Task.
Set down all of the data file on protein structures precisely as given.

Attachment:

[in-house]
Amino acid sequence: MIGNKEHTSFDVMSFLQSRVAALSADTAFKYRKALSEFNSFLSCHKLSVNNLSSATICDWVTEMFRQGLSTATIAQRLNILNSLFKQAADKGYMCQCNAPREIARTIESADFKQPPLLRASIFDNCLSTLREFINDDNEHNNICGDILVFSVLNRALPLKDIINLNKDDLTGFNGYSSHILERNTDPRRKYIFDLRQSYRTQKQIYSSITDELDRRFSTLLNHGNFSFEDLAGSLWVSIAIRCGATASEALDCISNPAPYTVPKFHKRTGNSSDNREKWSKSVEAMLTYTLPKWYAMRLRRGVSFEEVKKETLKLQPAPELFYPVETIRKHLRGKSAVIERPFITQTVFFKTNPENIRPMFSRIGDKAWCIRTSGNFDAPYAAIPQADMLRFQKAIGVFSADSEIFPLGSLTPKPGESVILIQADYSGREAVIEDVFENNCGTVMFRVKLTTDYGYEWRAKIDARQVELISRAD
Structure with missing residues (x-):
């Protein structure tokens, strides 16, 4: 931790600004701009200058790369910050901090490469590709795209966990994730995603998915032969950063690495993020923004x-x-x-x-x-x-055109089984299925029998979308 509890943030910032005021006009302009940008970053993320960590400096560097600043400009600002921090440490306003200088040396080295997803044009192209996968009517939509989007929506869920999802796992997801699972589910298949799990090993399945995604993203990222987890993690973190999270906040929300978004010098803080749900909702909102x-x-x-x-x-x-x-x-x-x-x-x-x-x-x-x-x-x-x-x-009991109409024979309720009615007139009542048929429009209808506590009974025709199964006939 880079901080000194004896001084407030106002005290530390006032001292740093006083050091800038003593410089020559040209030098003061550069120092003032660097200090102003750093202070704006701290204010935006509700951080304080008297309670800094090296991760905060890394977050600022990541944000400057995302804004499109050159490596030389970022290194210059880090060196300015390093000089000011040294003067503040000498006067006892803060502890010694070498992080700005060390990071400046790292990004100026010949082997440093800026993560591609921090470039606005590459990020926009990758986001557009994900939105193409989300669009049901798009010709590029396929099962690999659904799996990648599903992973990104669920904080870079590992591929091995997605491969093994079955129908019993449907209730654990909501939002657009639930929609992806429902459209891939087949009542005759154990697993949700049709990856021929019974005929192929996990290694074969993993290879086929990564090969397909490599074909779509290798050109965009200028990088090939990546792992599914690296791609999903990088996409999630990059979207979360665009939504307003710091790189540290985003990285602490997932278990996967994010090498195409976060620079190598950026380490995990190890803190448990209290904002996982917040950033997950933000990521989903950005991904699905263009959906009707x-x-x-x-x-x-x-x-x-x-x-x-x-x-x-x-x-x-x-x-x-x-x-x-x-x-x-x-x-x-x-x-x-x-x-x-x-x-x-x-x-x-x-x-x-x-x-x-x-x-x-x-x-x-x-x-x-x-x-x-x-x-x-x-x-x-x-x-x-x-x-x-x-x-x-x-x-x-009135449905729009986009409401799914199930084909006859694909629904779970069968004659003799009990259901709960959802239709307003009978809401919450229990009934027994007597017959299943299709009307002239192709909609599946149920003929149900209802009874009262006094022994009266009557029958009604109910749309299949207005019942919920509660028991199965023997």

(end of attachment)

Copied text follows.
[in-house]
Amino acid sequence: MIGNKEHTSFDVMSFLQSRVAALSADTAFKYRKALSEFNSFLSCHKLSVNNLSSATICDWVTEMFRQGLSTATIAQRLNILNSLFKQAADKGYMCQCNAPREIARTIESADFKQPPLLRASIFDNCLSTLREFINDDNEHNNICGDILVFSVLNRALPLKDIINLNKDDLTGFNGYSSHILERNTDPRRKYIFDLRQSYRTQKQIYSSITDELDRRFSTLLNHGNFSFEDLAGSLWVSIAIRCGATASEALDCISNPAPYTVPKFHKRTGNSSDNREKWSKSVEAMLTYTLPKWYAMRLRRGVSFEEVKKETLKLQPAPELFYPVETIRKHLRGKSAVIERPFITQTVFFKTNPENIRPMFSRIGDKAWCIRTSGNFDAPYAAIPQADMLRFQKAIGVFSADSEIFPLGSLTPKPGESVILIQADYSGREAVIEDVFENNCGTVMFRVKLTTDYGYEWRAKIDARQVELISRAD
Structure with missing residues (x-):
């Protein structure tokens, strides 16, 4: 931790600004701009200058790369910050901090490469590709795209966990994730995603998915032969950063690495993020923004x-x-x-x-x-x-055109089984299925029998979308 509890943030910032005021006009302009940008970053993320960590400096560097600043400009600002921090440490306003200088040396080295997803044009192209996968009517939509989007929506869920999802796992997801699972589910298949799990090993399945995604993203990222987890993690973190999270906040929300978004010098803080749900909702909102x-x-x-x-x-x-x-x-x-x-x-x-x-x-x-x-x-x-x-x-009991109409024979309720009615007139009542048929429009209808506590009974025709199964006939 880079901080000194004896001084407030106002005290530390006032001292740093006083050091800038003593410089020559040209030098003061550069120092003032660097200090102003750093202070704006701290204010935006509700951080304080008297309670800094090296991760905060890394977050600022990541944000400057995302804004499109050159490596030389970022290194210059880090060196300015390093000089000011040294003067503040000498006067006892803060502890010694070498992080700005060390990071400046790292990004100026010949082997440093800026993560591609921090470039606005590459990020926009990758986001557009994900939105193409989300669009049901798009010709590029396929099962690999659904799996990648599903992973990104669920904080870079590992591929091995997605491969093994079955129908019993449907209730654990909501939002657009639930929609992806429902459209891939087949009542005759154990697993949700049709990856021929019974005929192929996990290694074969993993290879086929990564090969397909490599074909779509290798050109965009200028990088090939990546792992599914690296791609999903990088996409999630990059979207979360665009939504307003710091790189540290985003990285602490997932278990996967994010090498195409976060620079190598950026380490995990190890803190448990209290904002996982917040950033997950933000990521989903950005991904699905263009959906009707x-x-x-x-x-x-x-x-x-x-x-x-x-x-x-x-x-x-x-x-x-x-x-x-x-x-x-x-x-x-x-x-x-x-x-x-x-x-x-x-x-x-x-x-x-x-x-x-x-x-x-x-x-x-x-x-x-x-x-x-x-x-x-x-x-x-x-x-x-x-x-x-x-x-x-x-x-x-009135449905729009986009409401799914199930084909006859694909629904779970069968004659003799009990259901709960959802239709307003009978809401919450229990009934027994007597017959299943299709009307002239192709909609599946149920003929149900209802009874009262006094022994009266009557029958009604109910749309299949207005019942919920509660028991199965023997």